Friday, April 28, 2006

Bush’s Battle at the Little Bighorn

Frank J. Ranelli

On February 24th, 2006, George Bush haughtily floated the “veto card” for the first time since taking office. In typical irreverent fashion, Bush seemed smug and unfazed by the veracity of the firestorm surrounding the sale of control of six major US ports.

Bush seems to have missed the part about a 2/3's Congressional vote to override his veto, as per Article I, Section 7, of the Constitution. “The president is permitted to veto specific legislative acts, but Congress has the authority to override presidential vetoes by two-thirds majorities of both houses.”

Congress can, and likely will, pass legislation against this sale and Senate Majority Leader Bill Frist (R-TN) has already threatened an override veto.

Since Bush does not read (by his own admission) and has arrogantly assumed the role of dictator of the United States, one must also assume that he is unaware of the fact that he is not indomitable. That Congress, no matter how loyal to this point they have been, will turn on him like a pack of rabid dogs if their own political careers are at stake.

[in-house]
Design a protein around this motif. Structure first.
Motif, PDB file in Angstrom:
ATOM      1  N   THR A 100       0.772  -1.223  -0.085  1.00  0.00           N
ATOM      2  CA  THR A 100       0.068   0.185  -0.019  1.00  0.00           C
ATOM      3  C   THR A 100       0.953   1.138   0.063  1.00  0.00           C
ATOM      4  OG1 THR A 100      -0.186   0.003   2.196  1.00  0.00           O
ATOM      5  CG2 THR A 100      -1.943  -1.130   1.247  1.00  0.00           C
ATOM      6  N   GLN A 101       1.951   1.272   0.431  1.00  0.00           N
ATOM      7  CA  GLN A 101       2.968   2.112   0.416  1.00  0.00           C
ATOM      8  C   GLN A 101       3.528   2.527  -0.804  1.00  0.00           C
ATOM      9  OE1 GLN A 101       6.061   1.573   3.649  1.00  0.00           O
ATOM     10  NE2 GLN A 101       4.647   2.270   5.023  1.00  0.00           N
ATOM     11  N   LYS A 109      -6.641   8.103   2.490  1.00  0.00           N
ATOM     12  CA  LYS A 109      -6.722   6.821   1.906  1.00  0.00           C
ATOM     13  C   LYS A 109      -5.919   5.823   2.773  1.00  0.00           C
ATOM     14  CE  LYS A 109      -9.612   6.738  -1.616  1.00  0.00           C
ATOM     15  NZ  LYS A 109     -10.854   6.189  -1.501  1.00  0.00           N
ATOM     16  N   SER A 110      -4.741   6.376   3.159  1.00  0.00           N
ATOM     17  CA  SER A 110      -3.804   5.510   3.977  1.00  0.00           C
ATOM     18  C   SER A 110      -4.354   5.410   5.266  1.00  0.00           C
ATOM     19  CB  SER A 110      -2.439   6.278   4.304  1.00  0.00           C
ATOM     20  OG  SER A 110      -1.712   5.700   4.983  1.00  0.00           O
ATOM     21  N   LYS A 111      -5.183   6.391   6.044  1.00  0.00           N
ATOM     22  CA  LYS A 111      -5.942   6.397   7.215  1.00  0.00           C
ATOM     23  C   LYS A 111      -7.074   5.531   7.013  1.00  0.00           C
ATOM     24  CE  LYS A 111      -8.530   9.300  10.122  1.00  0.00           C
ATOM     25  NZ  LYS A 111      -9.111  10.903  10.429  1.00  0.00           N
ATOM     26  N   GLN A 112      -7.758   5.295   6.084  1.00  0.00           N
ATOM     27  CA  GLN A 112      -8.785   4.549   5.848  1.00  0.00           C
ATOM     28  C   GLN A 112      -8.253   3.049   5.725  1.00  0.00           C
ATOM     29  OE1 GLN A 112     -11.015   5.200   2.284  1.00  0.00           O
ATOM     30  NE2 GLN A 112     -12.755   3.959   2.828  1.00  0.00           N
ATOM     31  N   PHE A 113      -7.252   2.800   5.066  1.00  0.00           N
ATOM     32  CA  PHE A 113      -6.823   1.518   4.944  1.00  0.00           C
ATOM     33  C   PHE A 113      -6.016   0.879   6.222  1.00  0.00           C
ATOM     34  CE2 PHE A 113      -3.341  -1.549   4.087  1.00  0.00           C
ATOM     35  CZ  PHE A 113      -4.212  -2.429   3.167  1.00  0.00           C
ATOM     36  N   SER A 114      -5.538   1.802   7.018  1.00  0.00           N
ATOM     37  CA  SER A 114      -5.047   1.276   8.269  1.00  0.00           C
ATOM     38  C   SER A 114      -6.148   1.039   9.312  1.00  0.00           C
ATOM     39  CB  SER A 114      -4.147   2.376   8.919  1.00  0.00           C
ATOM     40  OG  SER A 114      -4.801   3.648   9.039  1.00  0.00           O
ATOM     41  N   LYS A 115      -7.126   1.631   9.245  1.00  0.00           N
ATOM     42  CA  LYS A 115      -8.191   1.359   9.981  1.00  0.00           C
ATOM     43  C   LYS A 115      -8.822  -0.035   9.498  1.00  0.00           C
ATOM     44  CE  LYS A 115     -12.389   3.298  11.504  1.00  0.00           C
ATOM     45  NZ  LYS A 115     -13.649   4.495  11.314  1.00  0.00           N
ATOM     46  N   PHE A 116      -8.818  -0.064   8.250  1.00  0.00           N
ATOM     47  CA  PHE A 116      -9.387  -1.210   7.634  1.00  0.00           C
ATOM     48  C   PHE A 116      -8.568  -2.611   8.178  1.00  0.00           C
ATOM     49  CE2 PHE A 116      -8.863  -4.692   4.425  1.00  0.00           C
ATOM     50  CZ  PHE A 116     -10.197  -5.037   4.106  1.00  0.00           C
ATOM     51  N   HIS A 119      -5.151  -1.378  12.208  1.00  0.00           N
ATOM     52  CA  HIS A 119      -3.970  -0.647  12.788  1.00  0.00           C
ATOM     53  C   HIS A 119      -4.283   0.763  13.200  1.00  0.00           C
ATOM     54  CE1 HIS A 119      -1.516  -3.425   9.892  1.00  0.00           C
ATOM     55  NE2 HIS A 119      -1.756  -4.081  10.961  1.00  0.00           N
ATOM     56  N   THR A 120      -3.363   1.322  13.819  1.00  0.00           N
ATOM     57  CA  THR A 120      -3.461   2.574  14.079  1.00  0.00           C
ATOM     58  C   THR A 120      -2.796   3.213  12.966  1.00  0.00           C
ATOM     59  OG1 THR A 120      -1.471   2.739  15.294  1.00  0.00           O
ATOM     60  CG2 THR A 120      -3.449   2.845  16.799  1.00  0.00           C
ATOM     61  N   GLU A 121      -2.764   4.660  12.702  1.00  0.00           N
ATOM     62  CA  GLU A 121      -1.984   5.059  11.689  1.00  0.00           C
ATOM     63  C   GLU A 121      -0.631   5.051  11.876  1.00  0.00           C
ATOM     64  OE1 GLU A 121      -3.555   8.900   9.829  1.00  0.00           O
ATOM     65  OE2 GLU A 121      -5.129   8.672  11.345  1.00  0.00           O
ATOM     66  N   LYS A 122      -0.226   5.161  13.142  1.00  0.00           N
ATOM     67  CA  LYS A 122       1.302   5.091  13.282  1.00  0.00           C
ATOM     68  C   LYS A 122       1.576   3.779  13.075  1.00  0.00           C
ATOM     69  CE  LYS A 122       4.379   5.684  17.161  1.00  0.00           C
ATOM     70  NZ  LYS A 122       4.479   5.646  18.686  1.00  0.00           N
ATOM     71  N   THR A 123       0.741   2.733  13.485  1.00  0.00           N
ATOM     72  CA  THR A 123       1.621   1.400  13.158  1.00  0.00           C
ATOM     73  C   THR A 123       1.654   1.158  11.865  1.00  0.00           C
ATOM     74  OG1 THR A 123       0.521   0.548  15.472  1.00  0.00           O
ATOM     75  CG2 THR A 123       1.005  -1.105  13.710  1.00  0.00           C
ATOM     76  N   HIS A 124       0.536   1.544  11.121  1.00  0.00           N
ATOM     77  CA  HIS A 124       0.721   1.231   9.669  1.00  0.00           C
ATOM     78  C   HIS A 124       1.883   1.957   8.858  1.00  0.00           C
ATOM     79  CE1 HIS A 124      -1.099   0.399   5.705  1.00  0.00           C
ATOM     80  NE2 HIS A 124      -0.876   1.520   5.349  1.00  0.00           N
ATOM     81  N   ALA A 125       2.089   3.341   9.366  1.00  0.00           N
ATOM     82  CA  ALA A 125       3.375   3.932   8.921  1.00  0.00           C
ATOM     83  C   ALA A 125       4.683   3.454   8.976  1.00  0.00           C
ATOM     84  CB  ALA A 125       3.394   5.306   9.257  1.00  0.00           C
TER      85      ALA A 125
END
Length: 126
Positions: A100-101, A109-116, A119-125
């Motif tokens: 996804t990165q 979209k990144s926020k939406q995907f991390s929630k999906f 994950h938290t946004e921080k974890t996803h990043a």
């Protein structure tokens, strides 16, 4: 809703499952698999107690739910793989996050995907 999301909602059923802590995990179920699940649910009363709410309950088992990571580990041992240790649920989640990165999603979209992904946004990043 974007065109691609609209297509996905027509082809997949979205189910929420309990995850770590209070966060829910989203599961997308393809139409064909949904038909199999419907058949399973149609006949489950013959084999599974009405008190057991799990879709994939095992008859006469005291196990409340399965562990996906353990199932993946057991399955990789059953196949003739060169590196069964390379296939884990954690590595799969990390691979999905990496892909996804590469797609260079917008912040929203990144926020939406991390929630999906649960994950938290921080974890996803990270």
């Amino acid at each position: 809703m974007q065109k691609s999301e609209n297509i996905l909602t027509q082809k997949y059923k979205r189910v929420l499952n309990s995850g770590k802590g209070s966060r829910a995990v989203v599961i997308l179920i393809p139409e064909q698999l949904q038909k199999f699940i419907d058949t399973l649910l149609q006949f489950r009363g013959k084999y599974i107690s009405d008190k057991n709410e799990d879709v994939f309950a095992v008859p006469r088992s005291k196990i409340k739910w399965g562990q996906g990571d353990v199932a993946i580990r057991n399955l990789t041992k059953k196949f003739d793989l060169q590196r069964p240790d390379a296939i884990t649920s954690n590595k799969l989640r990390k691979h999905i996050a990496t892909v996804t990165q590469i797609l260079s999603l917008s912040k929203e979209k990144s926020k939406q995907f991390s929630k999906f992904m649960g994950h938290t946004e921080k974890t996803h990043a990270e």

Not to mention of course, that most polls across the US show little, if any, support for the sale of control of our major ports to an Arab country. Across the country Congressional leaders are receiving an out-pouring of contempt for this transaction from constituents on both side of the aisle. Even Governors are threatening legal action to stop the sale.

One must ask; what did Bush expect? After a three year campaign of relentless fear-based propaganda on his signature issue- the War on Terror, he flip-flops. Did he really expect his loyal base of near mindless disciples, who he consistently brow-beat to fear and hate the Arab world, that they would roll over on his personal invitation, to a country with proven ties to terrorism, to “just come on in to the port of New York City and have another crack at, oh, let’s say, the Statue of Liberty?”

I predict that this will be Bush’s battle at the Little Bighorn. And, like Custer, he is outgunned in everyway, but arrogance and ego will force him to indignantly and foolishly fight, and he will go down in a “political haze of bullets.”

As the saying goes, “Washington’s graveyard is littered with those who considered themselves indispensable.”

Its time to bury George’s political career in an unmarked grave apart from a warning label: Toxic- hazardous to democracy.


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